Etching, a rare print, unsigned, which has never had an edition, unlike many other prints by Pagliano published in art magazines as L'Arte in Italia. Catalogued by Amalia Mezzetti, in 1935, as a work by Gioacchino Banfi, the etching has been recognized as Pagliano's work by Alfredo Petrucci, who reproduced an impression, signed in pen, in his book devoted to the Italian etchers of 19th century. See Alfredo Petrucci, l'incisione italiana, l'Ottocento, Rome, 1941. Petrucci considered this among the best etchings by Pagliano. In fact the print shows the characters of an experimental etching, much different from the majority of the known prints by the artist, often reproductive after his own paintings and showing a skillful but rather controlled technique. Here, to depict, part of the shadows around the wild animal, the artist used the open bite etching, that is the direct brushing of the plate with neat acid, a useful way for creating tonal variations, but difficult to control if used over large areas.
The impression, richly inked, has been printed on an old sheet of eighteenth century laid paper, another element which indicates the print as an artist's proof. With margins, minor defects, generally in very good condition. To the platemark 230 x 300 mm, the entire sheet measuring 310 x 415 mm.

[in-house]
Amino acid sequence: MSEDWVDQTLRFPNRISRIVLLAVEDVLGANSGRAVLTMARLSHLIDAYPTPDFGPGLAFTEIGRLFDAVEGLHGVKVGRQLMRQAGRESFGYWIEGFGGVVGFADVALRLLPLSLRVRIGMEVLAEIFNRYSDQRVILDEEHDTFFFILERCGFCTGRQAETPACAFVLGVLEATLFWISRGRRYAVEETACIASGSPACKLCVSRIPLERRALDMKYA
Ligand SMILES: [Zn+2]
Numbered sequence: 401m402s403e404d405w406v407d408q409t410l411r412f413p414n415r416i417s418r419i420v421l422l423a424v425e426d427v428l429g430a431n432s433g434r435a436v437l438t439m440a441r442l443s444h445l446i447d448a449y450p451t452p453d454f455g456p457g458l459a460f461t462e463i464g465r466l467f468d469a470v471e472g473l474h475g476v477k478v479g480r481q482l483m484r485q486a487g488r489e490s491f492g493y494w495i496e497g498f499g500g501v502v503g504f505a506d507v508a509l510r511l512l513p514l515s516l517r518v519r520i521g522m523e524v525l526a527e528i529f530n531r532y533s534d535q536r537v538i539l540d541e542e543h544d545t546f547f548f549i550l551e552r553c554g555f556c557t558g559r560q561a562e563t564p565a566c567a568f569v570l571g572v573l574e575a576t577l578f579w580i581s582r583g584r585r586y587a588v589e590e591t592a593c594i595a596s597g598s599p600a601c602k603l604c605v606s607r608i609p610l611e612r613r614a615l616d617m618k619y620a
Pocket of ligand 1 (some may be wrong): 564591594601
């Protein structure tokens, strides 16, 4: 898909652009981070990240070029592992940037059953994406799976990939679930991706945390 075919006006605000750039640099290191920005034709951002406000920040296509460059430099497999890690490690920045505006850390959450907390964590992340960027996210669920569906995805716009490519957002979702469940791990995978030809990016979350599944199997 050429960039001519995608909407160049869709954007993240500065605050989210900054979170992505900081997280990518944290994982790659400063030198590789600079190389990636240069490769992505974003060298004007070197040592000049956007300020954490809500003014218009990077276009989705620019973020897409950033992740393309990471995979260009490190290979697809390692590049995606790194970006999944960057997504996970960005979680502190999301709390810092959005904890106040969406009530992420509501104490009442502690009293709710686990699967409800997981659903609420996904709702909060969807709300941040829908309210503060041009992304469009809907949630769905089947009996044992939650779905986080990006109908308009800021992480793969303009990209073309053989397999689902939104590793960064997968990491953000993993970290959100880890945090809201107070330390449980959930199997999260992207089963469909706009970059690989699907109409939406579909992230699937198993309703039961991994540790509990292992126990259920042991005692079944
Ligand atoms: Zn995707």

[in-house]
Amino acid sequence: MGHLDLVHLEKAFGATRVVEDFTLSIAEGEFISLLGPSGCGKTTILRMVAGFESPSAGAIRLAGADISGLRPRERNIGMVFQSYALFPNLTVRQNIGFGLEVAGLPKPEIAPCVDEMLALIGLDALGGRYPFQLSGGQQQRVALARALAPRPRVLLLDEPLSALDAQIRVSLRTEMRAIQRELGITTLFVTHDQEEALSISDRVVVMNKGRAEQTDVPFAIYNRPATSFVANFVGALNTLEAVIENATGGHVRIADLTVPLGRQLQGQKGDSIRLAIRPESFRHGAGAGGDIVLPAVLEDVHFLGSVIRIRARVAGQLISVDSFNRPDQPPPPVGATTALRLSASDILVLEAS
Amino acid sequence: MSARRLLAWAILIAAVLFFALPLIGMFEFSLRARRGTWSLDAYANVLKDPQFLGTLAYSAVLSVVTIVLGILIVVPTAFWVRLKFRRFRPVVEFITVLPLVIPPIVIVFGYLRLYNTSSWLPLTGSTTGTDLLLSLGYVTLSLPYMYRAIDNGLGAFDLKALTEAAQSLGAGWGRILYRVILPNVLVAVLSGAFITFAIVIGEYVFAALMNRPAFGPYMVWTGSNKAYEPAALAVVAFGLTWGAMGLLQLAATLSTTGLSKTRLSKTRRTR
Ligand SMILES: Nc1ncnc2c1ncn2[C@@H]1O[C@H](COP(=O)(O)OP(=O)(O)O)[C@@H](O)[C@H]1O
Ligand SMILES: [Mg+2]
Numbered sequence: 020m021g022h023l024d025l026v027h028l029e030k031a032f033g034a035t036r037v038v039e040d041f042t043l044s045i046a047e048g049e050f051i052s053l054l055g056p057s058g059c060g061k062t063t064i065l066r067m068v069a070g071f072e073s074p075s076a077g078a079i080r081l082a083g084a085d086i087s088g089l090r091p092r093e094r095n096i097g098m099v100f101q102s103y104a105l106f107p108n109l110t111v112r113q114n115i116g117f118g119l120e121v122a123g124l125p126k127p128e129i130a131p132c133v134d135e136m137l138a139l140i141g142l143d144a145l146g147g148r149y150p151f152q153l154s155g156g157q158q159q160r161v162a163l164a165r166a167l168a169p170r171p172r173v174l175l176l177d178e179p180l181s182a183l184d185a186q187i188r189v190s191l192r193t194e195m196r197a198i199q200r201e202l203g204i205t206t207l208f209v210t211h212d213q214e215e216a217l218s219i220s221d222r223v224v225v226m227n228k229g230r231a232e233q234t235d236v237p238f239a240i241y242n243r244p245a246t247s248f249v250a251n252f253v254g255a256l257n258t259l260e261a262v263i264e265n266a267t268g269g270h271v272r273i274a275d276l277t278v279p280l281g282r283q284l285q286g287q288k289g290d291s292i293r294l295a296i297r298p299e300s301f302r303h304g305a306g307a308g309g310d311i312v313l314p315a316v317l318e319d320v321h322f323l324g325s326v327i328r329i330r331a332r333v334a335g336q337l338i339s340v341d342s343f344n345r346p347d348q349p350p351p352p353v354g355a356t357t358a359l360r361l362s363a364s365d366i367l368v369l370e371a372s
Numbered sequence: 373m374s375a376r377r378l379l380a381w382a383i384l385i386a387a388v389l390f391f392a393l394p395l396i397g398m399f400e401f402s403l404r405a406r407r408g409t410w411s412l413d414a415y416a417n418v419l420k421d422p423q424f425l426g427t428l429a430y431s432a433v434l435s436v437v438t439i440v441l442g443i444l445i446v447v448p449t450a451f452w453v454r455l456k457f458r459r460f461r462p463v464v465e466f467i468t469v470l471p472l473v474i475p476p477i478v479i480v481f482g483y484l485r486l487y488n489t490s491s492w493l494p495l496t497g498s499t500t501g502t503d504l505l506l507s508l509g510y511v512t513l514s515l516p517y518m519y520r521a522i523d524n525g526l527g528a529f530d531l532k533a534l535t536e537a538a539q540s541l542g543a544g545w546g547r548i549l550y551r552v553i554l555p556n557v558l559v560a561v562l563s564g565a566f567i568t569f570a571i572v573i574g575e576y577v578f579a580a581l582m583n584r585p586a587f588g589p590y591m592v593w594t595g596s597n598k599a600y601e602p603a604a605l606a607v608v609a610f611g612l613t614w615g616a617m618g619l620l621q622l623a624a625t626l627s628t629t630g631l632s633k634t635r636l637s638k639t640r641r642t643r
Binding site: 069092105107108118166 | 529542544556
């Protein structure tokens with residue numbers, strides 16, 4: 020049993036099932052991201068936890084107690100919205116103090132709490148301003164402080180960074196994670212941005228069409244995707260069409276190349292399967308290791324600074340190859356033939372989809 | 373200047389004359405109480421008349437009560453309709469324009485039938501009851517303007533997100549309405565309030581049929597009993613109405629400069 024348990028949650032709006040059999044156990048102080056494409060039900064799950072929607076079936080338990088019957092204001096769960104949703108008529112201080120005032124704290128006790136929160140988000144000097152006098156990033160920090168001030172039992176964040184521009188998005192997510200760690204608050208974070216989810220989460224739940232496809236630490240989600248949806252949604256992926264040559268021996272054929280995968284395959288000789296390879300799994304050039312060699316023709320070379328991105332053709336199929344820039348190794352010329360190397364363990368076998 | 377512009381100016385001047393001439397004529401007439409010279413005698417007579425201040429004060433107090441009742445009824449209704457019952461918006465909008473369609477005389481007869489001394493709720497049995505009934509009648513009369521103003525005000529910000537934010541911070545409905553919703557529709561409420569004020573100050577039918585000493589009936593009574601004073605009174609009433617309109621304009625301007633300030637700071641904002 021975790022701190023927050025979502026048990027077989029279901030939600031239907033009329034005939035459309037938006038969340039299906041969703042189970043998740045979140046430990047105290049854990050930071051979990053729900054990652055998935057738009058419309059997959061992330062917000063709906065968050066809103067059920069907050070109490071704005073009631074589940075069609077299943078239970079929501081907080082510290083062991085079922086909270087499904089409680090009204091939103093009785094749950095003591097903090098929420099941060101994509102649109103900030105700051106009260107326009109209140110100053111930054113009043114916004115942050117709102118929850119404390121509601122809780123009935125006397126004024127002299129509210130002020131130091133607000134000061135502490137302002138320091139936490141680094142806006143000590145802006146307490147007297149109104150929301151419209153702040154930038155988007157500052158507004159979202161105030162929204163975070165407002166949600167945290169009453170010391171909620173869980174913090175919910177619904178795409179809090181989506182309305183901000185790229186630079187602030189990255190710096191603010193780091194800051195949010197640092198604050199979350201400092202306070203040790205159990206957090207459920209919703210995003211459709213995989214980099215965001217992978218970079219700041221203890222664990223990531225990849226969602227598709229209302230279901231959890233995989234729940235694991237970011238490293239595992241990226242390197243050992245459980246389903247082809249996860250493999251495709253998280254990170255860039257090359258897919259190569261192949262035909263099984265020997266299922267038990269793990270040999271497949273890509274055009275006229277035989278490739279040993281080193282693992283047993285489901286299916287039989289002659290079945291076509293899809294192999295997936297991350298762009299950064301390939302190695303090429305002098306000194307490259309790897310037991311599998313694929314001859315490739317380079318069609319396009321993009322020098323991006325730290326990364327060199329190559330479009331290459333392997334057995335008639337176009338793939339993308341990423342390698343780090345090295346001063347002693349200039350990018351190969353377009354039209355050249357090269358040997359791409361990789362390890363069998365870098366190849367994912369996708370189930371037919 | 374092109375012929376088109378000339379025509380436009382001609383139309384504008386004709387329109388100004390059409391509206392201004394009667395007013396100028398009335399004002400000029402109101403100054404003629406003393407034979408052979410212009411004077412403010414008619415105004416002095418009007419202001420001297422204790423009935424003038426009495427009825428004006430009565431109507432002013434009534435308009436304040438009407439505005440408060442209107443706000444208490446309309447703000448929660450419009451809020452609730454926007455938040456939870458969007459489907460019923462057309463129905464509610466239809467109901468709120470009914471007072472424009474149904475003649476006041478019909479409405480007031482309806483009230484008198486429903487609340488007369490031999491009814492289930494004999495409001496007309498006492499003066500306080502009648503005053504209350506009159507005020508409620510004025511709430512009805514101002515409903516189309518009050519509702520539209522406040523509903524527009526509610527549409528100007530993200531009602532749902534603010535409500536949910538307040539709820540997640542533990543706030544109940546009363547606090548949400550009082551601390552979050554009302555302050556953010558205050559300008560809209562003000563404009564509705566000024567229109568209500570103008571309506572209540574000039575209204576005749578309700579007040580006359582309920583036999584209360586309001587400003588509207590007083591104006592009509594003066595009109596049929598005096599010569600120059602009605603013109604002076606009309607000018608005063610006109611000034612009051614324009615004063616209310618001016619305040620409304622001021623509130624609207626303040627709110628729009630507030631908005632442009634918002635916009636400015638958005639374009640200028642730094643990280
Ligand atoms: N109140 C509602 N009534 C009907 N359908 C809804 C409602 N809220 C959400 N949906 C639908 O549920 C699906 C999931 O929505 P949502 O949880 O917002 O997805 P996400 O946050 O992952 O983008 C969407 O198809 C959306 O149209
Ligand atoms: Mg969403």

My warmest thanks to Antonio Bariletti for his help in cataloguing this print.
A painter, etcher and an active contributor to the Italian Risorgimento, Eleuterio Pagliano studied at the Milanese Academy of Brera, to which he enrolled in 1836, at eleven years, on Sabatelli's recommendation. A patriot, in 1848 Pagliano joined the popular revolt against the Austrian garrison in Milan known as Le Cinque Giornate and in 1849 he fought under Garibaldi in Rome. In the early fifties he met and became friends with Domenico Morelli, whose anti-academic researches influenced Pagliano's painting, thematically oriented toward the historical and patriotic subjects. After 1851 he also painted many portraits, reinterpreting the traditional style of romantic portraiture. In 1859 Pagliano volunteered to fight with Garibaldi in the Second War of Independence, as a lieutenant in the Cacciatori dell Alpi, and after this experience in his paintings depicting military episodes he tried to convey with immediacy their rawness. In his later depictions of Risorgimento episodes Pagliano also succeed in avoiding excessive rhetoric, as in the body of Luciano Manara visited by soldiers, executed for the Esposizione Nazionale in Turin in 1884. Pagliano treated skillfully, as a painter, other nineteenth-century themes and was also an excellent etcher and watercolourist. He participated in important exhibitions throughout Europe and won prestigious awards.